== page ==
Friday, August 19, 2011

8 Questions For YA Author, Amanda Ashby

Young Adult author, Amanda Ashby, is yet another example of a writer who did not give up. It took six years for Amanda to get published, her first book being You Had Me at Halo. Here’s a closer look at Amanda’s journey from inspiration to publication.

Hi Amanda! Thank you so much taking the time to do this interview.

You’re welcome. Interviews are always a lovely distraction from work and as you will discover, I’m a girl who likes distractions!

We can all be guilty of getting distracted! As a writer who pushed through six years before getting her debut novel, You Had Me At Halo published, what kept you motivated and focused?

Honestly, the main thing that kept me motivated was the feeling deep in my gut that one day it would happen to me. I can’t explain where it came from (certainly not from my early drafts, which were hideous!) but it was there right from the beginning. Then over the years I used to take great hope in every small break through I had, like winning a competition or moving from form rejections to personal rejections or from getting partial requests, through to full requests.

What is your writing routine like?

It’s pretty shoddy! Like most writers, I’m easily distracted by the Internet (not to mention snack food, glittery objects, and the sudden need to clean the house). However, because I know what I’m like, when I’m working on a book I always set myself a word count to hit—normally about 2k—and then if I choose to spend the entire day being naughty, I’m forced to sit at the computer all night until I hit the words. Which, by the way makes me delightful to be around the following day!

Are you an outliner? How do you prepare before writing a novel?

I’m a pantser who longs to be a plotter so I spend a lot of time making notes and outlines that I’m doomed to never follow. I find the whole thing quite frustrating and get very jealous of writers who can do lovely outlines. However, I’ve sorted of accepted that my process is messy and so I just try and write my way through it.

What’s your latest book, Fairy Bad Day about? What was it like writing it?

Argh. For a light-hearted comedy, Fairy Bad Day was ridiculously hard to write. I wrote about two or three drafts for my agent and then it had about three rounds of revisions from my editor. In fact, the only easy part was the title!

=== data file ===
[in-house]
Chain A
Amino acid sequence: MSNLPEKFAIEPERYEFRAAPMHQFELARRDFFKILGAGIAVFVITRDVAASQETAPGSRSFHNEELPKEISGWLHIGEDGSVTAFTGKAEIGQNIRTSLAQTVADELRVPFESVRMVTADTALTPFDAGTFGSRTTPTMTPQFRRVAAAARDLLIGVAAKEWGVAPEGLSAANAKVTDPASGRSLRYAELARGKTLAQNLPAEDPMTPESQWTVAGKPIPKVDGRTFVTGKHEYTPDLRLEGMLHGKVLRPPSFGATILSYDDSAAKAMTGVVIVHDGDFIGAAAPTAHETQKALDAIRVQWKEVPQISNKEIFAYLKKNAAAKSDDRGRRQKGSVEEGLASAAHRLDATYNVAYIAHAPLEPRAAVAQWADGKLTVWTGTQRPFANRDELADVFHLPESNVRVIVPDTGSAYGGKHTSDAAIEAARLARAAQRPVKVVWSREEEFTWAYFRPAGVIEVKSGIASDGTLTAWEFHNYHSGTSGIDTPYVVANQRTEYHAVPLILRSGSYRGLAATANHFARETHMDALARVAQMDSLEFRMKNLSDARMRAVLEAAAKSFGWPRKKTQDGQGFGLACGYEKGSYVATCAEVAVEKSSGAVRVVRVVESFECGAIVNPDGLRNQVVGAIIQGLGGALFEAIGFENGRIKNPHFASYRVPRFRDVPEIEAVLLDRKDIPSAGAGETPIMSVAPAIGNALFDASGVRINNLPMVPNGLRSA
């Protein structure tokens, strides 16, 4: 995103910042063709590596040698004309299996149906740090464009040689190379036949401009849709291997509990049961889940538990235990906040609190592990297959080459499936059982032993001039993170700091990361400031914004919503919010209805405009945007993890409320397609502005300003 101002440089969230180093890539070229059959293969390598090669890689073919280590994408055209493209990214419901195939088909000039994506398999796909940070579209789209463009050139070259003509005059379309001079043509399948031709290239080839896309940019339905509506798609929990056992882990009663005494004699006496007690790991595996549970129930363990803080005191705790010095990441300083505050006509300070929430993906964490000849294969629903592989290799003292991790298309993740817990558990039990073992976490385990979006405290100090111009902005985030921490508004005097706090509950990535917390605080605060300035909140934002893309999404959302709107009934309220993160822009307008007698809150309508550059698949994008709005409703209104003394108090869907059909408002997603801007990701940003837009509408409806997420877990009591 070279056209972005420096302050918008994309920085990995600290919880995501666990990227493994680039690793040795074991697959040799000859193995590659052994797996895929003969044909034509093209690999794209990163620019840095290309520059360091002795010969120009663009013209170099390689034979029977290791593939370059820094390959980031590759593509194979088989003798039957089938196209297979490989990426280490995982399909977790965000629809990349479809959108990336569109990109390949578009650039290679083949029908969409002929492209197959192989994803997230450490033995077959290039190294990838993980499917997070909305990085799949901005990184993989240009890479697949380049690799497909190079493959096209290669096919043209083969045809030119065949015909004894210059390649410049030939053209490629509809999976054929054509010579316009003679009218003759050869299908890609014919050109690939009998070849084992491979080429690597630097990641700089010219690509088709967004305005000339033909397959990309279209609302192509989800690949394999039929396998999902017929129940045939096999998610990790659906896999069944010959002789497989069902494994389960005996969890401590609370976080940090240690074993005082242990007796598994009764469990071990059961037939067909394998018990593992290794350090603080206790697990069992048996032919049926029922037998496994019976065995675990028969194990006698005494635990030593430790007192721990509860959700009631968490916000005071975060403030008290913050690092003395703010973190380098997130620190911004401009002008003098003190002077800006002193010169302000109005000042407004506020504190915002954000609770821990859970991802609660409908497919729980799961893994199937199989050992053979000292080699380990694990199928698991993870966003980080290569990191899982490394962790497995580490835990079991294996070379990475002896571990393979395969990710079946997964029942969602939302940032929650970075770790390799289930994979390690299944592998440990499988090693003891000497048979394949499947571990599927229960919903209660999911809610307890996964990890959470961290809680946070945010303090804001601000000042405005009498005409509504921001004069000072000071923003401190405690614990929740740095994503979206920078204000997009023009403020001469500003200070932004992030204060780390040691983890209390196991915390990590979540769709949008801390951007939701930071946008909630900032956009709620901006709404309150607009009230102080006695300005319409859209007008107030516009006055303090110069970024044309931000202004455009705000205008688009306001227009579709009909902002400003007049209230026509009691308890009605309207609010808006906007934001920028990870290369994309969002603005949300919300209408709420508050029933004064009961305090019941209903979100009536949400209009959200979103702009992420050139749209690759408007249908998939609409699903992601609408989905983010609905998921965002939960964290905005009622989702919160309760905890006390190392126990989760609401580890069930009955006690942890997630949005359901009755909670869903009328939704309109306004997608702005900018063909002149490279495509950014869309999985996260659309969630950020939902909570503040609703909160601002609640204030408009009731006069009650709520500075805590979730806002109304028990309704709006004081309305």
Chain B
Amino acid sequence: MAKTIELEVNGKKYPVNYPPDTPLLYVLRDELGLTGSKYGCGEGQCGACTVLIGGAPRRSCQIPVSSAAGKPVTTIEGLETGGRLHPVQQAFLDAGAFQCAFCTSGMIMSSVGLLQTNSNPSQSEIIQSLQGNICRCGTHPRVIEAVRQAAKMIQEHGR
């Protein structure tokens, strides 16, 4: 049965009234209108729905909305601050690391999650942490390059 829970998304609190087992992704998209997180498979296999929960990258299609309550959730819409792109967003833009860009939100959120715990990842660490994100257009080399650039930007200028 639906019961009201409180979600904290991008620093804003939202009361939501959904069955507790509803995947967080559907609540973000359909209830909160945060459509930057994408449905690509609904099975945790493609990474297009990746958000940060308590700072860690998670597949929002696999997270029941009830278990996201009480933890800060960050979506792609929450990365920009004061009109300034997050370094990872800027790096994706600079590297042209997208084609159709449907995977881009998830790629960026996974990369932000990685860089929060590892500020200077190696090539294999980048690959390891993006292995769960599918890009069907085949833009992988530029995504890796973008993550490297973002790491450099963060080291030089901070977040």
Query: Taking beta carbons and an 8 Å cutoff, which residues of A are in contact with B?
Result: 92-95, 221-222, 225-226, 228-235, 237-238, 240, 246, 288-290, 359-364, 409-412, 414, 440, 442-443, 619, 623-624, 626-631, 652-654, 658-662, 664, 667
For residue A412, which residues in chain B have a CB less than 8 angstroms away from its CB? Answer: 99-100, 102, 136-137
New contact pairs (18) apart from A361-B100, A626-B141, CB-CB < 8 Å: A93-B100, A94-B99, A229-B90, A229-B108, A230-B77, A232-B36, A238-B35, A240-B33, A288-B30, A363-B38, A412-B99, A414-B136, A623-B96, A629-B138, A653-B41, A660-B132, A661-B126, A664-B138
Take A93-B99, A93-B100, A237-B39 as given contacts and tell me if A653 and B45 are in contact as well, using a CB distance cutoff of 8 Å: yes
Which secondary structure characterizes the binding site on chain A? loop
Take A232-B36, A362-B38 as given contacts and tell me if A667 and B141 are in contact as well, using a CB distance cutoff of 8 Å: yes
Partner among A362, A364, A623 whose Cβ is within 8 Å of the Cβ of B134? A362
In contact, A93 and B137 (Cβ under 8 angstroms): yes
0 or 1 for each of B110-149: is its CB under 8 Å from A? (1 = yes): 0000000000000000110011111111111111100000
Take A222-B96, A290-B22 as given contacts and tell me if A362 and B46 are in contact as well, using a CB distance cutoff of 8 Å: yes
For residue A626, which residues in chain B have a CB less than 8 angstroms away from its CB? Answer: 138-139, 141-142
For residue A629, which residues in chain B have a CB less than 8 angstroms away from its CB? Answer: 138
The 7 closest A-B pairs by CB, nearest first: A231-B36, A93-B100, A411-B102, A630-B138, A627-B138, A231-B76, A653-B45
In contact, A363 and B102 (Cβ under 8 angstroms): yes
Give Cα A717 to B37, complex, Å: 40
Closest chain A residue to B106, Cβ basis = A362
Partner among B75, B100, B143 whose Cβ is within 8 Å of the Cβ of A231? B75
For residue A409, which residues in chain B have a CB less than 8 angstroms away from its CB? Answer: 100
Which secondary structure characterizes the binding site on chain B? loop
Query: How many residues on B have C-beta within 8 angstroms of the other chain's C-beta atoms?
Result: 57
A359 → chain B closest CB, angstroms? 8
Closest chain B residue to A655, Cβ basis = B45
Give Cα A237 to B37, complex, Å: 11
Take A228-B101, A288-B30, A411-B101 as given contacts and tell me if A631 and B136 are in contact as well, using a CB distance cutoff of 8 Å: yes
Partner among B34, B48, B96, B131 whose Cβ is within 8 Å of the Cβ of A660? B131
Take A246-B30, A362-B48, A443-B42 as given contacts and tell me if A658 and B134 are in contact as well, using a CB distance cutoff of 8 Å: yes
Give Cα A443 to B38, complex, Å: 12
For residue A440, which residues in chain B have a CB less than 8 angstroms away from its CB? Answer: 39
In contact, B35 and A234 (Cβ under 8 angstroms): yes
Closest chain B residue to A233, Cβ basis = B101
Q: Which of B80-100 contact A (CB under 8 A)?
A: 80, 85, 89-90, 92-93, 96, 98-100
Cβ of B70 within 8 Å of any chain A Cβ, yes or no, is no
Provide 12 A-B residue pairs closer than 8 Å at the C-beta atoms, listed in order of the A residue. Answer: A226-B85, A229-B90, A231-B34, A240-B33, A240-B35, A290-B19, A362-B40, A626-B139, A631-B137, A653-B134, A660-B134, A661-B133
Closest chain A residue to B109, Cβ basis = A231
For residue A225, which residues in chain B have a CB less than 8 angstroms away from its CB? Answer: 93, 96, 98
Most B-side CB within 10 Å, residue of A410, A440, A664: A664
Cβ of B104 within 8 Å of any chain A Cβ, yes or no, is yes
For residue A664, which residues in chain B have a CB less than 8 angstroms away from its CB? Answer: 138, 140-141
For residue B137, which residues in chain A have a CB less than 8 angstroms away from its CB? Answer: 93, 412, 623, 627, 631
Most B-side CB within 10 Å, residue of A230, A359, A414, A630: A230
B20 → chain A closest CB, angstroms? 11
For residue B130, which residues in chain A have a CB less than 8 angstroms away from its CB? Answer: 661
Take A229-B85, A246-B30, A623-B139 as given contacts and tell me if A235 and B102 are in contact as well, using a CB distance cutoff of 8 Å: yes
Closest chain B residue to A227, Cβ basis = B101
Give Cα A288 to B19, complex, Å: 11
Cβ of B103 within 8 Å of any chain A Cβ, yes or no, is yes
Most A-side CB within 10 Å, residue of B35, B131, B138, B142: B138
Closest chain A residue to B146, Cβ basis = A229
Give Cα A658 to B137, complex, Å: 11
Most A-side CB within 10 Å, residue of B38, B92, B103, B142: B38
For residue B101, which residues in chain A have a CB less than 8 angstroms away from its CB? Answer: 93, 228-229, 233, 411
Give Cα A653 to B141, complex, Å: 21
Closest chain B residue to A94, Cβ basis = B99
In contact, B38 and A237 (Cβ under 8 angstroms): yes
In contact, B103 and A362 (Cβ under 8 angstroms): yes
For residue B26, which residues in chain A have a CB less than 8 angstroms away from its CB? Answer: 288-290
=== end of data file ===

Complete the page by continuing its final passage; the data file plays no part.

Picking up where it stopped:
What are you currently working on?

I’m revising the second book in my upcoming Middle Grade series, Sophie’s Mixed-Up Magic, about a girl who gets turned into a genie the day before she starts sixth grade.

What inspires you the most?

Books! I was a reader long before I was ever a writer and it’s still the same. I really love reading great books and every time I do, as well as getting wildly jealous that I didn’t write them, I’m also inspired to do a better job with my own books.

If you could have dinner with any writer, dead or alive, who would it be and why?

Jane Austen or Georgette Heyer, because I love humor in books and they were both the masters of it! Plus, they both seem like they would be very well mannered, which means they probably wouldn’t complain if I had a second helping of pudding.

Considering your journey from your first novel to getting published for the first time, can you share some advice with aspiring novelists?

Take time to find your voice! Voice is one of those strange things that we often ignore when really it is what will help make your books stand out in a crowded market. So don’t be afraid to write the story the way you ‘really’ want to write it as opposed to how you think you should write it.

I say this because for six years I kept coming up with all these weird paranormal romance ideas, but because I was trying to write regular romance novels at the time, I would carefully cut the paranormal elements out of each book (I really wish I was kidding about this but I’m not). However, when I finally had the idea of a dead girl who gets kicked out of heaven and sent back to earth in a guy’s body, I realized that there was no way I could cut it all out, so instead I finally embraced the voice that I had been trying to stifle for so long and I wrote the book in all of its glorious weirdness.

Oh, and it goes without saying but eat lots of chocolate. It might not make you write a better book, but I’m sure it will make you feel better!

To learn more about Amanda and her books, visit her website!